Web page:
I have to say that I never really found Google Translate all that useful until I started traveling internationally. Thanks to the service, I was able to translate tweets from Hebrew into English within seconds, which unlocked a whole world of communication for me.

Today, Google has shared some pretty interesting stats about how far the service has come. Currently, Google Translate has 200 million monthly active users, and translates as much text as you would find in 1 million books. That’s pretty impressive.

I’ve found that the best use of the service is the automatic one that Google’s Chrome browser supplies, allowing you to translate an entire page of text in seconds, even automatically picking up on which language it’s written in.

To support the fact that the service is perfect for traveling, Google says that 92 percent of Translate’s traffic comes from outside of the US.

Here’s what Franz Och, Distinguished Research Scientist at Google Translate had to say about the product’s history today:

In 2001, Google started providing a service that could translate eight languages to and from English. It used what was then state-of-the-art commercial machine translation (MT), but the translation quality wasn’t very good, and it didn’t improve much in those first few years. In 2003, a few Google engineers decided to ramp up the translation quality and tackle more languages. That’s when I got involved. I was working as a researcher on DARPA projects looking at a new approach to machine translation—learning from data—which held the promise of much better translation quality. I got a phone call from those Googlers who convinced me (I was skeptical!) that this data-driven approach might work at Google scale.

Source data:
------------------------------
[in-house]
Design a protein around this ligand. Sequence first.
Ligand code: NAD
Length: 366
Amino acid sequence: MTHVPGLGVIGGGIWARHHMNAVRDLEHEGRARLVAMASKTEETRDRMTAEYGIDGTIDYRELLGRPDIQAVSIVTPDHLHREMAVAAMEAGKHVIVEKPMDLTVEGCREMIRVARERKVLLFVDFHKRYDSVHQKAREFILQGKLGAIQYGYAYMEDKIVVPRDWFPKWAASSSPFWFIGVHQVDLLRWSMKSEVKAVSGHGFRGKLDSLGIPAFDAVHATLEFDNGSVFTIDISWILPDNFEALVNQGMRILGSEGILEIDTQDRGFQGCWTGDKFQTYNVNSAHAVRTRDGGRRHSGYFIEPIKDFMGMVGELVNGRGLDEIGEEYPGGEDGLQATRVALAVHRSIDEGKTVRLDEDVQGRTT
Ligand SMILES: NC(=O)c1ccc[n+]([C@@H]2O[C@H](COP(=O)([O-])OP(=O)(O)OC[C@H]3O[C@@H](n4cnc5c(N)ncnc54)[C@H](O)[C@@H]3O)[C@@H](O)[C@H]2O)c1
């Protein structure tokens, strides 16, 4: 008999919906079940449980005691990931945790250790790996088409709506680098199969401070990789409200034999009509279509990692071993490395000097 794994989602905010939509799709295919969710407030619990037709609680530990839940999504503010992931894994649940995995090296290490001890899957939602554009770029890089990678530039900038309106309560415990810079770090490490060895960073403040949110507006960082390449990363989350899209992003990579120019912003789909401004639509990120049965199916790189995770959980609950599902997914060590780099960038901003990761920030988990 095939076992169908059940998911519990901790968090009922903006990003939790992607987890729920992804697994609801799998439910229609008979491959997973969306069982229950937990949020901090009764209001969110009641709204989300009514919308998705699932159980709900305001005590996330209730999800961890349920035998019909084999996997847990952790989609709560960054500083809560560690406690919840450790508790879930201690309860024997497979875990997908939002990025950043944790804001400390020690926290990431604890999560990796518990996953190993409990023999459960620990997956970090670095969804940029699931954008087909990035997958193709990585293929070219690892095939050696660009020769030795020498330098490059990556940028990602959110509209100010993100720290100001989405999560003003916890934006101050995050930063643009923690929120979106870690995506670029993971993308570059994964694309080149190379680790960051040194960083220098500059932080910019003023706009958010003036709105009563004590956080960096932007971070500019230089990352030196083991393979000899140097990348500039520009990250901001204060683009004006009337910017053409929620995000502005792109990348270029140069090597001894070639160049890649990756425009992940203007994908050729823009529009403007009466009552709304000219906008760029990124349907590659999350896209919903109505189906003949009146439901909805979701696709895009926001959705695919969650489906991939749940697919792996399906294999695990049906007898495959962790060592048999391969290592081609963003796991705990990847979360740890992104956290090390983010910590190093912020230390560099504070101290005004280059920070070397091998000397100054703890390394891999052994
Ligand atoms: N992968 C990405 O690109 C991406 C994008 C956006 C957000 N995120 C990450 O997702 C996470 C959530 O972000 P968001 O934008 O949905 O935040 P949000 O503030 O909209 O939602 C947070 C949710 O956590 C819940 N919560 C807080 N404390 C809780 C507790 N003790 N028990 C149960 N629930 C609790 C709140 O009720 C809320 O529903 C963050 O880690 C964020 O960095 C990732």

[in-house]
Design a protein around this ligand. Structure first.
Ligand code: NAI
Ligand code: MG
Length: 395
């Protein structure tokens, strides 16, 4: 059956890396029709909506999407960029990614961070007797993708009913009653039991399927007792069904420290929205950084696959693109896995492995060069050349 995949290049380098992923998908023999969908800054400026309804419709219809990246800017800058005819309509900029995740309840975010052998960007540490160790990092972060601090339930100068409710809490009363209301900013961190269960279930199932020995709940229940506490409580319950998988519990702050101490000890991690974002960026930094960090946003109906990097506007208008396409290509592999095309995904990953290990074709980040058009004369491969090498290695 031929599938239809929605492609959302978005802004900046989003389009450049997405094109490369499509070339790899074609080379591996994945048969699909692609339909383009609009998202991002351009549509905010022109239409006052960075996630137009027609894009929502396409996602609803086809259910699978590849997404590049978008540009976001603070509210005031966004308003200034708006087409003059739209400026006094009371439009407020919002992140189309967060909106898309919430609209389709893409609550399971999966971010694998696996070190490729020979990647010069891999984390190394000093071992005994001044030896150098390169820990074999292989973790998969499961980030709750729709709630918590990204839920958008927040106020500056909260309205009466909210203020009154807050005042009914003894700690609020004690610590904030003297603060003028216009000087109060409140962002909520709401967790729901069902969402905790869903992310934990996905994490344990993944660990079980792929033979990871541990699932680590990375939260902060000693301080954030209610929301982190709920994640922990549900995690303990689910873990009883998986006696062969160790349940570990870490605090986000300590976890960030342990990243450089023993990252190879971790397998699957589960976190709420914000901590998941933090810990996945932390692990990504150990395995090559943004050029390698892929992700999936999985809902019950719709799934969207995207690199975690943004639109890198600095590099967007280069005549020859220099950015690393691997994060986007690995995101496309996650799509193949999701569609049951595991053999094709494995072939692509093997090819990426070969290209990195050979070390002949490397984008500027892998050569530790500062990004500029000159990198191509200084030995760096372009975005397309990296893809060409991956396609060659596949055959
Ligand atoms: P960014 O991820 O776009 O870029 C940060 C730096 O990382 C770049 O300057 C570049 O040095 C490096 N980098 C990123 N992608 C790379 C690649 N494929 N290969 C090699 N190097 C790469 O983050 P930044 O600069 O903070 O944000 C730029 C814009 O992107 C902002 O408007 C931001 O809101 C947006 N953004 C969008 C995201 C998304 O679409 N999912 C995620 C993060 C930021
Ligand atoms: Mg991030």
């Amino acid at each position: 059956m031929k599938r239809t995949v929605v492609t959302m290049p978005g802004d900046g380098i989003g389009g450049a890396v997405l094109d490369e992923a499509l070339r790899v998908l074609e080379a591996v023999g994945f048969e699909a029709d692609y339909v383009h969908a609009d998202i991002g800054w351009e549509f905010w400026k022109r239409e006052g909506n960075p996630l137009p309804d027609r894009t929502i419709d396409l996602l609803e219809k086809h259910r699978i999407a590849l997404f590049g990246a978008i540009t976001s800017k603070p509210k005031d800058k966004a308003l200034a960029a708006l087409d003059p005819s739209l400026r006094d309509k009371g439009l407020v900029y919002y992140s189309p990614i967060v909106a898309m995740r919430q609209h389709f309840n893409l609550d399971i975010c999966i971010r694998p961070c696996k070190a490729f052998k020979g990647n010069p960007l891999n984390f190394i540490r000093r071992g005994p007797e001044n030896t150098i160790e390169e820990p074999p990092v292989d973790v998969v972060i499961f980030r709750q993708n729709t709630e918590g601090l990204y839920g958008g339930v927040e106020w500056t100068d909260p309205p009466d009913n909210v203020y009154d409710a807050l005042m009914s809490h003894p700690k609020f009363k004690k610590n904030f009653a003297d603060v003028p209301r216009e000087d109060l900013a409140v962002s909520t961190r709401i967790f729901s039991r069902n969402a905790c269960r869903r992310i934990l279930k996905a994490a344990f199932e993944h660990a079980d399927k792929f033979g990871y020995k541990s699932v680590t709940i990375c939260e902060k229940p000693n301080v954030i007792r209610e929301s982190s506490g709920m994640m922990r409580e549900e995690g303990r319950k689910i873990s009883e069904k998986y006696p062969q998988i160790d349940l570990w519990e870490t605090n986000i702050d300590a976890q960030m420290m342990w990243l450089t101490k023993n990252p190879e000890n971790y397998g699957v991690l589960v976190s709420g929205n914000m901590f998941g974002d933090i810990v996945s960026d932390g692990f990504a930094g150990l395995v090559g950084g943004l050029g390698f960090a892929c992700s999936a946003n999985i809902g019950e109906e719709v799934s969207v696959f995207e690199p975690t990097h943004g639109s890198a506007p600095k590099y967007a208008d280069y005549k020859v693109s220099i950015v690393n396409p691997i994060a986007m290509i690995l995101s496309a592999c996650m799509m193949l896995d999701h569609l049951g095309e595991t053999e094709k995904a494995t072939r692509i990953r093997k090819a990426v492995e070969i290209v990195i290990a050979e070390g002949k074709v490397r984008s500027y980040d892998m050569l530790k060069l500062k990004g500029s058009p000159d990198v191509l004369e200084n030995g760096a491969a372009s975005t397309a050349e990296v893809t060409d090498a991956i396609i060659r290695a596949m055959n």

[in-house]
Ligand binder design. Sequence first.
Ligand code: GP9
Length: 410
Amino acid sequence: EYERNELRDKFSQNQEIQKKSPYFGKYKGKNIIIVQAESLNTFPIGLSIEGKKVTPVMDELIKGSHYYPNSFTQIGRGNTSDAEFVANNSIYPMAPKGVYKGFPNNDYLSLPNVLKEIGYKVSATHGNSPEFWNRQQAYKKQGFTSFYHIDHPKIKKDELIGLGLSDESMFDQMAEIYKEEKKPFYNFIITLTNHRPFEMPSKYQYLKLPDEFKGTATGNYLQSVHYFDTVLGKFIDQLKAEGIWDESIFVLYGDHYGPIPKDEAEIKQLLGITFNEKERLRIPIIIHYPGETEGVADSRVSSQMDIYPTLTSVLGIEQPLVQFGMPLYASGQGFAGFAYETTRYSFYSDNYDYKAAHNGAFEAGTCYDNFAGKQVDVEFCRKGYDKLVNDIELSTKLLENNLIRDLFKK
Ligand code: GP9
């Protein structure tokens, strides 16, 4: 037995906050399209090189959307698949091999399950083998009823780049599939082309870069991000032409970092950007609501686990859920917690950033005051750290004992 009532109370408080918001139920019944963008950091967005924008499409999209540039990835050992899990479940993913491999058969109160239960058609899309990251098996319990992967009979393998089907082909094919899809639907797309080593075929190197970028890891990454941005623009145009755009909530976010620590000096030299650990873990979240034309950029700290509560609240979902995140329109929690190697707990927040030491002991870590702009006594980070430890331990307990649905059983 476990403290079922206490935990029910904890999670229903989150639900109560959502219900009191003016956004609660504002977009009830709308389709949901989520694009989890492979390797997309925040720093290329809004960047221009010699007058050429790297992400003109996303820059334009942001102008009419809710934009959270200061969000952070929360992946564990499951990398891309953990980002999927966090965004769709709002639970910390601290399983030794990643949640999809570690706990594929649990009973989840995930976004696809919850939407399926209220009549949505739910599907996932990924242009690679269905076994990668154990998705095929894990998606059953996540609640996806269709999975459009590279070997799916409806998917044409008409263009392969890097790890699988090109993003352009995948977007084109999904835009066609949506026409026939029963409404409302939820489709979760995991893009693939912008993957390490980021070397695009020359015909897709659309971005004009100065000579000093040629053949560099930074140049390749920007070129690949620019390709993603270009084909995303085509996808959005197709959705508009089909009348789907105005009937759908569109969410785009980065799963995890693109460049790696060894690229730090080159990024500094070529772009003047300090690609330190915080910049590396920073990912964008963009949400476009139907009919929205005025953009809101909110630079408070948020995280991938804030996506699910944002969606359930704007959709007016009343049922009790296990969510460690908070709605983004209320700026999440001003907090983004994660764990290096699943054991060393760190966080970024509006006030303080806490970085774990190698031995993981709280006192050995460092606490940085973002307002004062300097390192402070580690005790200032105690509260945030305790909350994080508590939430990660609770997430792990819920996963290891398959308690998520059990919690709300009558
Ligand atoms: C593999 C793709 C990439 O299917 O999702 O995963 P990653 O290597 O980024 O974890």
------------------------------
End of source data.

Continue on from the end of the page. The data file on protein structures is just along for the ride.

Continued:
As the service expands, Google hopes to allow people to share and consume information no matter where they are or what language they speak. There is a huge opportunity to strengthen the service for mobile applications, which can help people communicate quickly, especially in the context of getting directions or ordering food at a restaurant.